Collapse in commodities ends BHP's record run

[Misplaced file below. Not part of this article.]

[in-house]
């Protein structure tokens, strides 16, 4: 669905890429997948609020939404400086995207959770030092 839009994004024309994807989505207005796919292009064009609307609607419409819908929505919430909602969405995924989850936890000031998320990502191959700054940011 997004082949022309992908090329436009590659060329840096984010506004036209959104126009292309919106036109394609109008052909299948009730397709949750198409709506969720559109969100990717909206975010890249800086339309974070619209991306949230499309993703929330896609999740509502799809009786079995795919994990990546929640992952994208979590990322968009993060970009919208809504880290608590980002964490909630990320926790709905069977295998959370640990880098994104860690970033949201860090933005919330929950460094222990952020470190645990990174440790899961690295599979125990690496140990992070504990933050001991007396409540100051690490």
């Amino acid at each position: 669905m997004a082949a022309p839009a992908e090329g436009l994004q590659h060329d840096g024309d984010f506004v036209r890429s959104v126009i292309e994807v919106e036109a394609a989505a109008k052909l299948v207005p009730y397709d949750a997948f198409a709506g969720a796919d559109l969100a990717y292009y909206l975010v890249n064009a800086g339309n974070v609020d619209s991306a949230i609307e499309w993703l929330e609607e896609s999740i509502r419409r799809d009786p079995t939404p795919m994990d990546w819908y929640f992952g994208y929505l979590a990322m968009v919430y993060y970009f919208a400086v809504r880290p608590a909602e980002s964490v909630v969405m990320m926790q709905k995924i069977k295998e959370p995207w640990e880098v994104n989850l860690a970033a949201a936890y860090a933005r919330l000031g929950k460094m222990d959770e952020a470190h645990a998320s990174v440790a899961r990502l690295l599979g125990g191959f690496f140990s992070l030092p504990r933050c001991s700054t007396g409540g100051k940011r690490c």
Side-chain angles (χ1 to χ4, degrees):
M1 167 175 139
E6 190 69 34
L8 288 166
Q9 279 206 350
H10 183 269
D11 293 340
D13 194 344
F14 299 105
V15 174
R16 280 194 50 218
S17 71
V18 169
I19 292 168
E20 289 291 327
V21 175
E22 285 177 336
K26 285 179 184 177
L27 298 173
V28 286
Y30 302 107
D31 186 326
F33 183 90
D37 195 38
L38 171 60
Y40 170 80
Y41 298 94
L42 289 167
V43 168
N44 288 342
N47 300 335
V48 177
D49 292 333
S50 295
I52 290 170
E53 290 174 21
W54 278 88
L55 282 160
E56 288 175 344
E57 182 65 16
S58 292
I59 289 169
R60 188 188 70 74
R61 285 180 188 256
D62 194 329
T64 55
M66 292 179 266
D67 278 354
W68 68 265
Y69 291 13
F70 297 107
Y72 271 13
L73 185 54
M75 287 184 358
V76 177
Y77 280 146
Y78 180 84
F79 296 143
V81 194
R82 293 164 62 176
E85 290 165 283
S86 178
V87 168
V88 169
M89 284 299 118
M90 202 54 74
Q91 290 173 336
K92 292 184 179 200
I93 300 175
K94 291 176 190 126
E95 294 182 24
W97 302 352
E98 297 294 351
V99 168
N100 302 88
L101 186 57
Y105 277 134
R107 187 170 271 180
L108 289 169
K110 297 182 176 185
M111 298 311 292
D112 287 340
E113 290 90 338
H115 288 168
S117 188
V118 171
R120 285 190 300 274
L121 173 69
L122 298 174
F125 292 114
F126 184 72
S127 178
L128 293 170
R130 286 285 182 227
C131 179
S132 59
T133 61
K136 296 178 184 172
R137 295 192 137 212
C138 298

BHP Billiton, the world&rsquo;s largest miner, yesterday reported a 30 per cent slide in annual profit excluding writedowns, its first fall in seven years, pummelled by a slump in metals prices and demand.<br /><br />It said there were emerging signs of demand improving in North America, Europe and Japan, but said it was too early to tell if this improvement was driven by real demand or restocking.<br /><br />Net profit before one-offs fell to $10.72bn (&pound;6.50bn) for the year to June from $15.4bn a year earlier, but five percent above analysts&rsquo; forecasts of around $10.2bn.<br /><br />BHP, which employs 40,000 in 25 countries, held its final dividend steady at 41 cents a share, raising the full year payout by 17 per cent.<br /><br />While the whole mining sector has suffered from the global economic slump, forcing companies to idle capacity and delay expansion projects, BHP Billiton is seen to be well-positioned with its strong balance sheet to take advantage of any upturn.<br /><br />&ldquo;BHP remains cautious on dividends which means it is still very well positioned to participate in opportunistic M&amp;A,&rdquo; Thuy Quynh Dang of Barclays Wealth said.